Children

It goes without saying that she needs to raise near-perfect children. From her they should be learning respect, good manners, cleanliness, theology and perhaps even Hebrew and Greek. She should seriously consider homeschooling in order to ensure that her children are trained properly and not exposed to unduly harmful influences. The children should be able to sing or recite poetry to any group on short notice. They must earn excellent grades, never get in trouble, bicker among themselves or show disrespect to neighbors or members of the congregation.

Compassion

The wife of a pastor often listens patiently to concerns and hurts of several people each week, while sharing her own inner life sparingly (if at all). She should be prepared to forego close friendships in the church for long periods. She should smile a lot. It is indispensible that she should know whose jokes to laugh at and whose humor to blush at. She must be willing to put in many hours of volunteer work in ministry only to have other get much of the credit. She has to be able to take constructive criticism with good humor, humility and a large grain of salt. She should never show anger; always be humble; never gossip. She should have the constitution of an ox, the hide of a rhinoceros and the disposition of a dove. She is to be the servant of all, yet find time to put her own life in perfect harmony—and maintain all of this over a lifetime.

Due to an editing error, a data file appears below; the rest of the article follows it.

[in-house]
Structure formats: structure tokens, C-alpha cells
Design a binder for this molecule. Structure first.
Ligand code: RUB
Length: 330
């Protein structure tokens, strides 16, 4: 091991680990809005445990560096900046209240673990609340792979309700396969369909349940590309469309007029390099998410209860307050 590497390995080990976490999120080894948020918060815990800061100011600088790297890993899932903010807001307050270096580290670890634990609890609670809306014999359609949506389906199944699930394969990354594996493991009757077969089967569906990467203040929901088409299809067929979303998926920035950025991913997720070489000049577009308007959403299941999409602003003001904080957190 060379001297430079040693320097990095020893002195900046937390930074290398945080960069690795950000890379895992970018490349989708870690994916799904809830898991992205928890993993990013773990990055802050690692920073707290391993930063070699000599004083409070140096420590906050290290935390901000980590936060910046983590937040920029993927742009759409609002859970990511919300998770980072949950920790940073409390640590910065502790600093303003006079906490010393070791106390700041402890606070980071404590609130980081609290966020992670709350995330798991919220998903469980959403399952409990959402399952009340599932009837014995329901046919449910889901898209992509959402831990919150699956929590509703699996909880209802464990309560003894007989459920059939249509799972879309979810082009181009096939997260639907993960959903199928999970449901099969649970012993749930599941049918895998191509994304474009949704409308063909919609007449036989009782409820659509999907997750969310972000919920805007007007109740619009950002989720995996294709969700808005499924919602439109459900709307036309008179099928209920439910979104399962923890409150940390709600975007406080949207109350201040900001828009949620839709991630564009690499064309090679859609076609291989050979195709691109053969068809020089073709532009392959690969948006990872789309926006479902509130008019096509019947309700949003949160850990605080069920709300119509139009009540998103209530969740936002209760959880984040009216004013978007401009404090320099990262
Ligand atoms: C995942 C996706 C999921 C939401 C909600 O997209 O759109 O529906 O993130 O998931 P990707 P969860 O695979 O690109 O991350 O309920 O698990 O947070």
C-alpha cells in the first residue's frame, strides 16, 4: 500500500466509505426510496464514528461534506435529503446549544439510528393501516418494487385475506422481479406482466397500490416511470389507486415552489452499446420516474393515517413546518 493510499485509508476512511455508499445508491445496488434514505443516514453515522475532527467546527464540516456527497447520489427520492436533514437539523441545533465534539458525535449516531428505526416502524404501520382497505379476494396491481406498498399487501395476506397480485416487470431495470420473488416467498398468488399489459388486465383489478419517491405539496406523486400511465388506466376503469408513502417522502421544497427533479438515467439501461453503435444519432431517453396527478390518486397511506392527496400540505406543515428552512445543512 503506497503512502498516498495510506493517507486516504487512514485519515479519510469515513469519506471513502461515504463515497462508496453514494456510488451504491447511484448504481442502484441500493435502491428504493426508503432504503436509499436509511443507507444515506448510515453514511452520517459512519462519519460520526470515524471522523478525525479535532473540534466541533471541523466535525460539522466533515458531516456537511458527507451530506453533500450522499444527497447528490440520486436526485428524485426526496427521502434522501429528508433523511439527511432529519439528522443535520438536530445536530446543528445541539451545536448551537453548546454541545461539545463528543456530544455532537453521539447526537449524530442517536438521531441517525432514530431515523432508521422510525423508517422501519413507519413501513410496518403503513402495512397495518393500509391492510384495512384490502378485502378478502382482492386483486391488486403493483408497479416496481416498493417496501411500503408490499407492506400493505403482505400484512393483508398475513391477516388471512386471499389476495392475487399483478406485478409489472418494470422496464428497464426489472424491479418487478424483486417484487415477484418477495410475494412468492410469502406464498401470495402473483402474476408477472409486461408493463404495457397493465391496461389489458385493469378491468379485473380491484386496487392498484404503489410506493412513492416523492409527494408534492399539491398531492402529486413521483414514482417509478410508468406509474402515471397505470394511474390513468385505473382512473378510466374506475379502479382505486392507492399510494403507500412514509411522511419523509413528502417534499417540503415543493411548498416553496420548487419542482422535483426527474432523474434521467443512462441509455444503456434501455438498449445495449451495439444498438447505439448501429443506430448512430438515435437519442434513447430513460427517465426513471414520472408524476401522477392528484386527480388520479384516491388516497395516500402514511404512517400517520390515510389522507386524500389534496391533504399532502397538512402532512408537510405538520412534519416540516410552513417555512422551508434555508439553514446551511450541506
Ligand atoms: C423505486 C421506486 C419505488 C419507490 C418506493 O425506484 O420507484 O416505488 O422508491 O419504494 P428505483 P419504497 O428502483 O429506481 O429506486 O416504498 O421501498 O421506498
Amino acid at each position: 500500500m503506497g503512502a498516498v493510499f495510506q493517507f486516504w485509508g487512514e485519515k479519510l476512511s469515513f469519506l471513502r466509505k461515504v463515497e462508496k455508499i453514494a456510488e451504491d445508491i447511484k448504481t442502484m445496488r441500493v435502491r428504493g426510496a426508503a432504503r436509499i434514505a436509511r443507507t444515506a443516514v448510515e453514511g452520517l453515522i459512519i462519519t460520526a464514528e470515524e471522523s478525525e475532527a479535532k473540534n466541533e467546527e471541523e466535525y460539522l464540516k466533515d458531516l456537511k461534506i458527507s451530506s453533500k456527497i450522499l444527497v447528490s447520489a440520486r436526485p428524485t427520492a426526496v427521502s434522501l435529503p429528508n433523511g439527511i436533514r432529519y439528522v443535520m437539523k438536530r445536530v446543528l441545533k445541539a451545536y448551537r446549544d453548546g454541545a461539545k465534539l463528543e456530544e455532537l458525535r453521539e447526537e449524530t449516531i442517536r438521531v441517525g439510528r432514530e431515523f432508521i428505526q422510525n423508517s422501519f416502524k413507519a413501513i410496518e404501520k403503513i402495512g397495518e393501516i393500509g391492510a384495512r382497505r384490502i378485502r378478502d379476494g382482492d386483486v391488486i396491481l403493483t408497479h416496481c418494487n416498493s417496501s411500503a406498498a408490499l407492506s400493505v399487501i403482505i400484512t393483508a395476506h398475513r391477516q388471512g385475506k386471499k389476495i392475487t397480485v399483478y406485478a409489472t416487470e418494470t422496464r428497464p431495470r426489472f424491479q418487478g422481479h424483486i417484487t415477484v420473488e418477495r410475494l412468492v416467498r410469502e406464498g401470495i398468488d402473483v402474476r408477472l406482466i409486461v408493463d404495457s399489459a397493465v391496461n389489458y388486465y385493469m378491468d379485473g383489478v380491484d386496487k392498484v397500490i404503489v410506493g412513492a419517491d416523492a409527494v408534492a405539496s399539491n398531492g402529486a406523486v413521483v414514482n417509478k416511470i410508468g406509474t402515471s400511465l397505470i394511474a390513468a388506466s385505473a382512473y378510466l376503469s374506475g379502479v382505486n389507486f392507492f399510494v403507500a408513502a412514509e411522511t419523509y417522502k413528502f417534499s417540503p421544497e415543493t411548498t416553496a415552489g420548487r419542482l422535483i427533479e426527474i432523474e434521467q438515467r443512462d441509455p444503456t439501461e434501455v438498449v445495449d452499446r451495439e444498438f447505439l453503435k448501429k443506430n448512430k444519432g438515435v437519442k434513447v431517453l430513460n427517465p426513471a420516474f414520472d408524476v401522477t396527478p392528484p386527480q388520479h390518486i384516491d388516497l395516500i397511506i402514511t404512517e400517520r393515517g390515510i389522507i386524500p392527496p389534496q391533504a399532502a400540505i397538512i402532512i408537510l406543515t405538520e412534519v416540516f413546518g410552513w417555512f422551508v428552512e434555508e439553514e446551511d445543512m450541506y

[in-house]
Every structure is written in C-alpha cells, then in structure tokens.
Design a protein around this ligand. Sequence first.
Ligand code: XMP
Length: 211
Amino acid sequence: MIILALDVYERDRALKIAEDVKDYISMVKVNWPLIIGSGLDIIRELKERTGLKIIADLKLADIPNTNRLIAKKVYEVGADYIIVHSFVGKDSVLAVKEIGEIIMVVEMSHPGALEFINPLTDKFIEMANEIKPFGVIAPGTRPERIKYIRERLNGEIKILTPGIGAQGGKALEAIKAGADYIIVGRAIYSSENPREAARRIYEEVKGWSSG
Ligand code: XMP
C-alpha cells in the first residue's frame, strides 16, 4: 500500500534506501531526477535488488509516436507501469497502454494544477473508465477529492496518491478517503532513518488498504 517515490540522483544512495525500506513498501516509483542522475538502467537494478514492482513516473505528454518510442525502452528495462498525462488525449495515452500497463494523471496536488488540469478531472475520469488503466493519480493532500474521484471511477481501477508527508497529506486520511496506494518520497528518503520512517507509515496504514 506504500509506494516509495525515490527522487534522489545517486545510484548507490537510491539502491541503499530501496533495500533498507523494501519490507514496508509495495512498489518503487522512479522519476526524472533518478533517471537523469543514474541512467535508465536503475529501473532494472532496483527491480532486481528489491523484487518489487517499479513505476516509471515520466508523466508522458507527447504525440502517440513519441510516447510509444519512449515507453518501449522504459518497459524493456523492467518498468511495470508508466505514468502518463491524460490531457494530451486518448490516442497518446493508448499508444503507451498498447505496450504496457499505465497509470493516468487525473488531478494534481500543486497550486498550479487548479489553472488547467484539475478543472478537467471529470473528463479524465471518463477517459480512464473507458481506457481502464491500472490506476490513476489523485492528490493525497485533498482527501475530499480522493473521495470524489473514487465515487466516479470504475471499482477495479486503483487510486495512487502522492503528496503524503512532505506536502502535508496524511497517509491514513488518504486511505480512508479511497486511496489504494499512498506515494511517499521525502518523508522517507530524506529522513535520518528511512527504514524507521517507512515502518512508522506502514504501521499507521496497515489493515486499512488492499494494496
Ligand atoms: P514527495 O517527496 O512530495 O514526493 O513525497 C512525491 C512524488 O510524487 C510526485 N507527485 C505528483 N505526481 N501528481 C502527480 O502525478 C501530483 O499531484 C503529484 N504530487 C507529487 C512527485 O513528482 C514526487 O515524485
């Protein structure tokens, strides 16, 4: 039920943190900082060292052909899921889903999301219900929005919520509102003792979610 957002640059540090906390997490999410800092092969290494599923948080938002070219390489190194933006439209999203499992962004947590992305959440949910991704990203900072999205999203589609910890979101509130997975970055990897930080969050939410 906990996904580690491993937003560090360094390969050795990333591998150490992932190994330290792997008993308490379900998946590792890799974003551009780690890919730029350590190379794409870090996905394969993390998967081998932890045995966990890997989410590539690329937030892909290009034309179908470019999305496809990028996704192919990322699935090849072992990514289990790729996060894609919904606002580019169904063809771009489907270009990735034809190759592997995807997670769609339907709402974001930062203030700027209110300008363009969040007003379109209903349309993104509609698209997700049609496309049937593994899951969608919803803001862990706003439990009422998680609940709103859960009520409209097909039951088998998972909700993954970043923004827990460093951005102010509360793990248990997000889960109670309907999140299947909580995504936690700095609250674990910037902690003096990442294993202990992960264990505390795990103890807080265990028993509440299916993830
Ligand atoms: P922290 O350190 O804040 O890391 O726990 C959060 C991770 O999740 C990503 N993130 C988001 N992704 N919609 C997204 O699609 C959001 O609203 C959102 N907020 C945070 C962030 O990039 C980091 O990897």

Marriage

Most importantly, this woman has to live with a very difficult man—the pastor. He is much in demand and often not home in the evenings or on weekends. She must be able to figure him out when he is unsure of himself and quietly support him when he is criticized or attacked. She must also tolerate him when his head is twice its normal size after a particularly good sermon. When he is tired or away, she is to keep the family together without a trace of bitterness.

Though not as extreme as this exaggerated description, the wife of a man in ministry is, without doubt, one tough job!   I should know—I am married to one of these amazing women. I thank God for my wife, Melinda. When she married me, she also married ministry. She is raising four amazing children, while serving alongside me. She is creative, attractive, intelligent, hard-working and the life of the party wherever she goes. Her singing is the envy of angels. I could not have done what I have been privileged to do without her. She makes me look very good. Thank you my dear.

I am confident that I speak for thousands of other men in ministry when I express my thanks to all these dear women who serve with us. As far as I am concerned, you deserve the award for the hardest job in the world!  If you know a pastor’s wife that needs some encouragement, you might want to think of something thoughtful to do for her.

Michael Bogart